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Noma's Restaurant Manager James Spreadbury on Only Having Twelve Tables

This is The Gatekeepers, in which Eater roams the city meeting the fine ladies and gentlemen that stand between you and some of the restaurant world's hottest tables.

[Photo: Ali Kurshat Altinsoy]

You've somehow landed a table at Noma, the toughest reservation in the world. You've planned a trip around that one meal, and no matter how much you end up enjoying it, you probably won't be able to come back for a while, if at all. When the moment comes and you finally pull up to the wharf on which the restaurant lies, it is James Spreadbury's job to make you feel at home.

He usually greets you outside the restaurant, champagne glasses already in hand. Once that's through and you've taken in the view of the harbor, you go inside for three or maybe five hours and realize that he and his staff really are among the best in the world. That's largely because they never wave it in people's faces. The restaurant eschews pomp in favor of warm, playful, and sincere professionalism, and James is responsible for keeping things that way.

How'd you come to do what you do at Noma?
I have now been with Noma for almost four years. Coming from Australia, I've always loved adventure and traveling, and I wanted to live and work somewhere exciting.

I had heard of this small restaurant in Copenhagen doing something special, so I moved there and knocked on the door.

I guess it was not the plan to stay this long, but I was drawn by this group of people who wanted nothing more than to give their guests the best experience possible and open them up to new things.

Can you talk a little more about what you did before coming to the restaurant, and what it was like "knocking on the door"?
Before I left Australia, I was running a restaurant in a wine region called McLaren Vale. It was great, but I wanted to grow and be a part of something else, something more.

I was recommended by friends to go to Spain or France or London, which would have been great, but I had my heart set on trying out for this restaurant in Denmark. It just sounded unique, and I knew I loved Scandinavia, too. I literally packed up my life, leased my house, and moved here. I knocked on the door with a CV. I didn't want to apply for work before I left, as I thought any negative response would sway me from leaving. So I just left. One thing led to another, everything felt right, and I am still here.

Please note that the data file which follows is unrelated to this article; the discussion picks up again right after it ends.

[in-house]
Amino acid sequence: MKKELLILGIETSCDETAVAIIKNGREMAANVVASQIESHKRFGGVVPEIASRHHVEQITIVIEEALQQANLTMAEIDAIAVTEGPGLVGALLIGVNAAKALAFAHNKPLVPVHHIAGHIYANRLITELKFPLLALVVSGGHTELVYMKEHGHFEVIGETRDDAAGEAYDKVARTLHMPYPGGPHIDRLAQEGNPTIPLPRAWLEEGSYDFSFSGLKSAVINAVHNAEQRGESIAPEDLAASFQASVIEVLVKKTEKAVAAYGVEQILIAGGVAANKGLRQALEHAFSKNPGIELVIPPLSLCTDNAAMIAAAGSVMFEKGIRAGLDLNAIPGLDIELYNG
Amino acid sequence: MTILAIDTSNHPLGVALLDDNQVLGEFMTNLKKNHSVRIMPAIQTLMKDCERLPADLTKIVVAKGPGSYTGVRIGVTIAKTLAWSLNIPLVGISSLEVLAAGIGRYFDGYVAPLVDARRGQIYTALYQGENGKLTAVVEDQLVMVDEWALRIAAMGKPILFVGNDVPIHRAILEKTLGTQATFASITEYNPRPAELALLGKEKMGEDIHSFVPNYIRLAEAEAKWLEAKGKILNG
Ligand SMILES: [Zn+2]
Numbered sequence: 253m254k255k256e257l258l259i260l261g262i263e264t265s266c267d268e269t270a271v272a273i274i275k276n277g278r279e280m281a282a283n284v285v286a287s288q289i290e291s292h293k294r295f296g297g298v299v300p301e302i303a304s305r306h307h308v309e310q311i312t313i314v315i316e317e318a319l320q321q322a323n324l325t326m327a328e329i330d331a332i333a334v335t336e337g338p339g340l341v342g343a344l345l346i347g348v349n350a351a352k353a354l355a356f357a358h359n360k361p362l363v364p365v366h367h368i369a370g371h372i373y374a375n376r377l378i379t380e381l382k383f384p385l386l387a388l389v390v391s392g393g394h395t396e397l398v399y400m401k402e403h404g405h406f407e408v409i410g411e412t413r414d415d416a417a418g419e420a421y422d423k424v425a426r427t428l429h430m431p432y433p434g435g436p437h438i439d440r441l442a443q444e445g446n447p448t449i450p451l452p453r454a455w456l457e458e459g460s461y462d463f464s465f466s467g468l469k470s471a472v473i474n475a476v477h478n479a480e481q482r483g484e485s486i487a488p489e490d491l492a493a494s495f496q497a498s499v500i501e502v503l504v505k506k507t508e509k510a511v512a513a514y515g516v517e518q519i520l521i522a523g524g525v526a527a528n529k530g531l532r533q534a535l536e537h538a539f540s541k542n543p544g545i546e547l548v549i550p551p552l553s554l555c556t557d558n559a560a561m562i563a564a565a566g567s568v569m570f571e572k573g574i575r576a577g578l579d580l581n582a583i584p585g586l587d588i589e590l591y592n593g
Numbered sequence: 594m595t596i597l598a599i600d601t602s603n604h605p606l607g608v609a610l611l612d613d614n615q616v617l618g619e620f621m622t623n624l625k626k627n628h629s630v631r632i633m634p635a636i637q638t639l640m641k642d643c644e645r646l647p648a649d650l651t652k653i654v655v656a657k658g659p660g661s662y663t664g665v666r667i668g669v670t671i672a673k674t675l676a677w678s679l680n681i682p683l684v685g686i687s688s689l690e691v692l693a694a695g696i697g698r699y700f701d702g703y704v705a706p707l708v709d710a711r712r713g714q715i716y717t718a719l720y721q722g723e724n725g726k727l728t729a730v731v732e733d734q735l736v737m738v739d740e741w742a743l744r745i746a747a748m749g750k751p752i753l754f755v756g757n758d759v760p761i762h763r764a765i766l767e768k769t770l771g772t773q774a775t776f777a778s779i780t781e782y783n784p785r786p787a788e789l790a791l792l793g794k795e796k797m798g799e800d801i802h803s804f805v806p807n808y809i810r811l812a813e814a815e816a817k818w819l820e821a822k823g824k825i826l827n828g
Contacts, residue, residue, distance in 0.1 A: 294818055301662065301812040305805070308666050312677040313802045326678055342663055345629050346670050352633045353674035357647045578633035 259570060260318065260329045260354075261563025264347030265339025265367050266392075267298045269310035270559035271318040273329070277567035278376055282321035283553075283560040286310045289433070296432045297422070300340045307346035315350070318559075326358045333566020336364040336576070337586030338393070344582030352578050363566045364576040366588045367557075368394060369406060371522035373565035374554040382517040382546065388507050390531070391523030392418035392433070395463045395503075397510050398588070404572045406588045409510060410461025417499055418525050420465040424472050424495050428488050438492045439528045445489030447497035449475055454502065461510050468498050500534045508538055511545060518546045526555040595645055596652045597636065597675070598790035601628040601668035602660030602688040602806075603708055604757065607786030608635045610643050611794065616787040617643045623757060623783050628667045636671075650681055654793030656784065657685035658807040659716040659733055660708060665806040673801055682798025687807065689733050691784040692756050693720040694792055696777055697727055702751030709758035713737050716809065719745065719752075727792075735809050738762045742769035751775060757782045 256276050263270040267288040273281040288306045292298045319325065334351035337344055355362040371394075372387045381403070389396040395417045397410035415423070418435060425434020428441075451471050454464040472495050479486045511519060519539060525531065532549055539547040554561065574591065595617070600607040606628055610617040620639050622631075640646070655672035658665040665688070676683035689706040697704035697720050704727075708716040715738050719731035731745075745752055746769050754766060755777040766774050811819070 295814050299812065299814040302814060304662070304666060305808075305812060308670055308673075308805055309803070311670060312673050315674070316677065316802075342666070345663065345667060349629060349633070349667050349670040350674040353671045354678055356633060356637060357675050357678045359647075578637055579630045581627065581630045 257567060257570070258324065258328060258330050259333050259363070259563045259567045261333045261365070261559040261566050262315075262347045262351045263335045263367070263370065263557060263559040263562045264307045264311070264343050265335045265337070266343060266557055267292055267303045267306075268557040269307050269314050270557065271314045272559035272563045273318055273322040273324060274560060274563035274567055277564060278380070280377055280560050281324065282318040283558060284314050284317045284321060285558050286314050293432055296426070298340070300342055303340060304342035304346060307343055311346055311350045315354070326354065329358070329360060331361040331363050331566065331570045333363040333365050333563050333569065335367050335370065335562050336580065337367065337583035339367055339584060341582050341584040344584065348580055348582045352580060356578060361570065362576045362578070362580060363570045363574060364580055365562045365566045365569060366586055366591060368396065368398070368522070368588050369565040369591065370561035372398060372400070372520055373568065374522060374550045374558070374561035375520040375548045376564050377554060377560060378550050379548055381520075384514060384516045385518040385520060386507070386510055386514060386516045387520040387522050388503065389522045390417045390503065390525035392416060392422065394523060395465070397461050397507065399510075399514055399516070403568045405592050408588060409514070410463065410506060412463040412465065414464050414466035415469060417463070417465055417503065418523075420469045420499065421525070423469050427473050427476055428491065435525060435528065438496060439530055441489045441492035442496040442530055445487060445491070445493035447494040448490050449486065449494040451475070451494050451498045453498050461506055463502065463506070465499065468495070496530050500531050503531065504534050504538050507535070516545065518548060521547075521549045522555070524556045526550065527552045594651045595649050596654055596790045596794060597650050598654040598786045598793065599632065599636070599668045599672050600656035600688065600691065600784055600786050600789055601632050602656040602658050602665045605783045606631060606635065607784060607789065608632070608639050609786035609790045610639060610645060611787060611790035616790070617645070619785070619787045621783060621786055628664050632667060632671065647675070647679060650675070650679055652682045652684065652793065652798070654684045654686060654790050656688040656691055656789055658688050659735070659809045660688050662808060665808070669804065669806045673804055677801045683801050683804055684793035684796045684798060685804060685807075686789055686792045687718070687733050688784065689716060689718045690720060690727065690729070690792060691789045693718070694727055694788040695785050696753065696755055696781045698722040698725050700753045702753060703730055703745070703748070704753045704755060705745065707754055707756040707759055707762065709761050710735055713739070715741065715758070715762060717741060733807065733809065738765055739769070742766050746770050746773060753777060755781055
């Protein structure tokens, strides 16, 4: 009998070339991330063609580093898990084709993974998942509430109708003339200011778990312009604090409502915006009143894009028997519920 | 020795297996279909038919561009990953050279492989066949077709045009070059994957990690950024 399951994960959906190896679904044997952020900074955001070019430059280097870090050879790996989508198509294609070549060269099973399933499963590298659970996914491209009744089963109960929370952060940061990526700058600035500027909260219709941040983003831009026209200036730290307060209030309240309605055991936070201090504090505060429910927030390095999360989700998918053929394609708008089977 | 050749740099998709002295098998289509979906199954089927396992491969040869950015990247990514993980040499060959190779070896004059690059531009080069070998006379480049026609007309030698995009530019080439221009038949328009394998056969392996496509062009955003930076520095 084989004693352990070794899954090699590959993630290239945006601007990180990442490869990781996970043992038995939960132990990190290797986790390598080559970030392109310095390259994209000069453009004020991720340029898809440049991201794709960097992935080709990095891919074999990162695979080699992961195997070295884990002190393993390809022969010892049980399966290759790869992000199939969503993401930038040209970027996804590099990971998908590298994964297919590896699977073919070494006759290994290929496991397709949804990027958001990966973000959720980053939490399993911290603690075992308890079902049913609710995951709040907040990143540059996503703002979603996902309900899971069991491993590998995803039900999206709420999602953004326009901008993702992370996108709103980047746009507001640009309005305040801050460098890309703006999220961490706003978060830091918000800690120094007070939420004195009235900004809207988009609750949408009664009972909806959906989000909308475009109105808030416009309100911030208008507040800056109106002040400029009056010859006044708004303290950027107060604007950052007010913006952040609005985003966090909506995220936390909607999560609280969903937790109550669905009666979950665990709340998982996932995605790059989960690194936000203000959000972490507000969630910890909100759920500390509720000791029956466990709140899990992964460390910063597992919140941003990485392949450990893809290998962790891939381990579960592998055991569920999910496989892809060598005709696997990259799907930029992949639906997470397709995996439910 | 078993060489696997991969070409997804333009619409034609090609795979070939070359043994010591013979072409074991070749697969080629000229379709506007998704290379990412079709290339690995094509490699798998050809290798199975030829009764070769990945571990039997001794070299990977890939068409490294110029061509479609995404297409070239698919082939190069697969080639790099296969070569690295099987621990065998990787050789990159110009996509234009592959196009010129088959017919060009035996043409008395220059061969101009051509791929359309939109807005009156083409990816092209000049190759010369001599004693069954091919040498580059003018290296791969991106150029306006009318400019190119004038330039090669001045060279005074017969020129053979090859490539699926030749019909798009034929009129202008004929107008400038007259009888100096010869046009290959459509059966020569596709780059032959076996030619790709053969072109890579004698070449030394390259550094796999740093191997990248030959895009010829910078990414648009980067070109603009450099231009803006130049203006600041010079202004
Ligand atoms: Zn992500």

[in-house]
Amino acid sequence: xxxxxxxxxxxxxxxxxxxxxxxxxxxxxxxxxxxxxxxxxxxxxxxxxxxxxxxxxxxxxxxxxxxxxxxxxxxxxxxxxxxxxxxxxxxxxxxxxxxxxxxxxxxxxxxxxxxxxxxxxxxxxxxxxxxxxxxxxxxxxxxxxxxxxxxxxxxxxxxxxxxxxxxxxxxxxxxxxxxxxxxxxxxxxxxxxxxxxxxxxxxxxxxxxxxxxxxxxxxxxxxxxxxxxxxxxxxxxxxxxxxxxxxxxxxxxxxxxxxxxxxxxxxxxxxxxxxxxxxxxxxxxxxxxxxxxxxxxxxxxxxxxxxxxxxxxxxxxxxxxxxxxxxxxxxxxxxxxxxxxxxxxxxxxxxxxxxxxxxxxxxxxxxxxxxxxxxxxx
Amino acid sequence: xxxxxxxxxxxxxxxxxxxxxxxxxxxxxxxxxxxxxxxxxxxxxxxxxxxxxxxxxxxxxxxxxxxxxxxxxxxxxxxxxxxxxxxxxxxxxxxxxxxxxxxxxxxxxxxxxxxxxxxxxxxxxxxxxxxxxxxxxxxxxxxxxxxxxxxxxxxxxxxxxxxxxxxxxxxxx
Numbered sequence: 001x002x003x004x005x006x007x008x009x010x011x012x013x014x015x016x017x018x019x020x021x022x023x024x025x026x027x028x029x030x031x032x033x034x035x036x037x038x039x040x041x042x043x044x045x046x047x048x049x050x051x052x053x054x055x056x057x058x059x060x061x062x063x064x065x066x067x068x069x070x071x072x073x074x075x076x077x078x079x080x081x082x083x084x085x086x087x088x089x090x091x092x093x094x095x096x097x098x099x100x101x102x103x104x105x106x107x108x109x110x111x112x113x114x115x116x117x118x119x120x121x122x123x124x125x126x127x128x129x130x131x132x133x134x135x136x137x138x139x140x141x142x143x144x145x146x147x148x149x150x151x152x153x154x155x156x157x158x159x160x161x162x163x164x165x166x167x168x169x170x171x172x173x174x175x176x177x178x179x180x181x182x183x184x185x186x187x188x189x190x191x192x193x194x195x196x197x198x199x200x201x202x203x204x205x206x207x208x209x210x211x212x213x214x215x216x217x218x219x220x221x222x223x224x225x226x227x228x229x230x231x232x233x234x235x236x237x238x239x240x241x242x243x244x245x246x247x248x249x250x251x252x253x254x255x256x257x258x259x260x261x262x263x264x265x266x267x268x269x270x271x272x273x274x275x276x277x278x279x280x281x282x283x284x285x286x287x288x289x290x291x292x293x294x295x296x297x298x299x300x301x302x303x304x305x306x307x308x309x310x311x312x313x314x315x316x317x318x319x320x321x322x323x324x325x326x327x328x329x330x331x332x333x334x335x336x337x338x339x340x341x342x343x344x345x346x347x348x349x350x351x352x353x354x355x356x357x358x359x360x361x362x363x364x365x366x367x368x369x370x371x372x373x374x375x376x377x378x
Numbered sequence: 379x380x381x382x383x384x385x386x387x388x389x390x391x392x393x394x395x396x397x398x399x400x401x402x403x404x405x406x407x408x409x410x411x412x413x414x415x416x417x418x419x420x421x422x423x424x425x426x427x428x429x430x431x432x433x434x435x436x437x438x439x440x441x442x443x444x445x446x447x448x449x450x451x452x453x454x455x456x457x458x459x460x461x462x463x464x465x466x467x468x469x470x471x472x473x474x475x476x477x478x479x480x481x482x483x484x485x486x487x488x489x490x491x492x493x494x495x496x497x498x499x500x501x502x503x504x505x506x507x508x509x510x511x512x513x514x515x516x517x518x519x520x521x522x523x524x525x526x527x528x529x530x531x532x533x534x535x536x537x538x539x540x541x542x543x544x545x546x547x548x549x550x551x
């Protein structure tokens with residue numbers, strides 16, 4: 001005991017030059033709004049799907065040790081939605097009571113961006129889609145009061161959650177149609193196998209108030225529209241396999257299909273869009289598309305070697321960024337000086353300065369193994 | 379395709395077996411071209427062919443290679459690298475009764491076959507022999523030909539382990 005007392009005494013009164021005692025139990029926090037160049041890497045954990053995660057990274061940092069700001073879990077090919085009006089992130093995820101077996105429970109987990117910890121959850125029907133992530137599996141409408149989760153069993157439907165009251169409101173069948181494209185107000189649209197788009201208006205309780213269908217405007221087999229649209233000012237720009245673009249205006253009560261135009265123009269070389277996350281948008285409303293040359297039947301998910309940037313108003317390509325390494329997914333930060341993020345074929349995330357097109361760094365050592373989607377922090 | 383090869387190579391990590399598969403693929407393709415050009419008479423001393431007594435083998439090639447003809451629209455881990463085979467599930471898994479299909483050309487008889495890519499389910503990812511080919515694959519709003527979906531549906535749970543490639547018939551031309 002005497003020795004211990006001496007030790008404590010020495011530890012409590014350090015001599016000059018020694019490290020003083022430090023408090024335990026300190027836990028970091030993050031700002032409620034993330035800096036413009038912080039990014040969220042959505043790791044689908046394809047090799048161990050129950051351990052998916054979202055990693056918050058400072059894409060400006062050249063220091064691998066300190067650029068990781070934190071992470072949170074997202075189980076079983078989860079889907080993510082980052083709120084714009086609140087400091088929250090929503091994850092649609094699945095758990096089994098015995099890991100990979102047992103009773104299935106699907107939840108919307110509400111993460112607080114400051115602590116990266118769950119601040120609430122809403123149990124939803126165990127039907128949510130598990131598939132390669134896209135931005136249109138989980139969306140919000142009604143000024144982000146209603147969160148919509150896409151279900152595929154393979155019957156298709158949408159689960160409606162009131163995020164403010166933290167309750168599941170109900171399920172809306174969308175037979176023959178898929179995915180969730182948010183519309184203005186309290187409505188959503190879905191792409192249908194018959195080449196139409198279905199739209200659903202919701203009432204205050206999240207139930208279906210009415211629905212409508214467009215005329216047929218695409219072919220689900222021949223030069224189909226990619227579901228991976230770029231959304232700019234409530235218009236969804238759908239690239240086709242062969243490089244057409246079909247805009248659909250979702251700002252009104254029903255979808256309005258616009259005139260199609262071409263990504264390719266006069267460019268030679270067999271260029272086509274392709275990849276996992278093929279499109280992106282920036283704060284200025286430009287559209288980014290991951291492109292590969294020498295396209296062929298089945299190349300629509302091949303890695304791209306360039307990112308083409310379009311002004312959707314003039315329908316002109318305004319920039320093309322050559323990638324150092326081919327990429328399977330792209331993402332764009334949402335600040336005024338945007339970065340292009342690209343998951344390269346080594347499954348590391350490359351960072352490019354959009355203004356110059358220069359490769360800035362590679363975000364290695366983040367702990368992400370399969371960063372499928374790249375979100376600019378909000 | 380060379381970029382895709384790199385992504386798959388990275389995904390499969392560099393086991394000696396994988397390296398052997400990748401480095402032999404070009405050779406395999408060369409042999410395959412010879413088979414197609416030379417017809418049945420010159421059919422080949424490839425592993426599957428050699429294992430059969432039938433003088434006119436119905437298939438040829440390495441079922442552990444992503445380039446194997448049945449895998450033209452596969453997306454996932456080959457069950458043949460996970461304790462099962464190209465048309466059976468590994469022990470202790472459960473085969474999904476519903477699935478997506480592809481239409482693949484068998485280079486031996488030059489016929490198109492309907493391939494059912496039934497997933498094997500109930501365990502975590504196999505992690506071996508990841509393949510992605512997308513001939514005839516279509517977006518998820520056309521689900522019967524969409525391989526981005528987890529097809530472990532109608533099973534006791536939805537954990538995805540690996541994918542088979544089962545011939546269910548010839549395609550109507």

How did the nature of your job change when the restaurant was catapulted to the top of the rankings and became the most in-demand in the world?
Obviously working in this business, no matter where you are, you have a responsibility to deliver. This situation made us recognize our responsibility to do so was of even greater importance. We didn't know this would happen, and of course we had to learn and grow with it, creating new and more defined systems.

But the most satisfying part was the pride and the bond created. It strengthened our team even more. And the reward of having so many happy guests is why we do what we do.

What do you mean by "creating new and more defined systems"?
That's mainly in regards to the reservation system, and how we dealt with the increase of requests. And as a whole, defining more and more who we are and what it is we do.

Do you have people try to come in without reservations? If so, how do you handle those situations? Has it ever worked out for the people that try?
We have so many requests, and we understand that it can be difficult to get a table with us. We try to make it as easy for people as possible, but at the end of the day, we only have twelve tables.

It can be hard when we are in the middle of service, looking after the guests, and people walk in off the street wanting or thinking they have a reservation. Our time is dedicated to those with us, but of course we explain the situation in the kindest way possible. Occasionally it has happened that we have a late cancellation and someone calling or dropping by gets lucky!

Do you have regulars?
We have a few people that have been coming since the days we were much less busy. These people have developed a close relationship with us and have become our friends — they have a deep understanding of us, what we do, and who we are.

What are some of the strangest requests you've had to accommodate?
Luckily nothing too strange, really. People generally like to just go with the experience.

Are there any requests you haven't been able to accommodate?
Most commonly the request for tables, or return bookings. It's hard to tell a guest that you have formed a great relationship with just over one evening that you cannot guarantee them a table to return. The demand we have for tables is so high, and we have systems in place to make it as fair for everybody as possible. Unfortunately, it's often that I can't accommodate these requests, although I do try.

People often speak about the nerves that set in before dinner at a special restaurant like Noma. How do you make newcomers feel at ease?
Our whole team works so closely together. We have a strong belief that we are inviting people into our home. We want everybody to feel as comfortable and relaxed as possible so they can enjoy the experience to the fullest. We feel honored that guests travel, sometimes from far away, to visit us and make that effort. We generally make close relationships with all our guests — if they allow it — and try to make them feel as much a part of everything going on around them as possible. We try to make them feel like part of the family.

Service is so much more than a set of rules and standards to follow. You really have to be there for the guest and adapt to situations. And be yourself and let your genuine personality show. It's so important in creating that connection with the guests.

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Strandgade 93 DK-1401 Copenhagen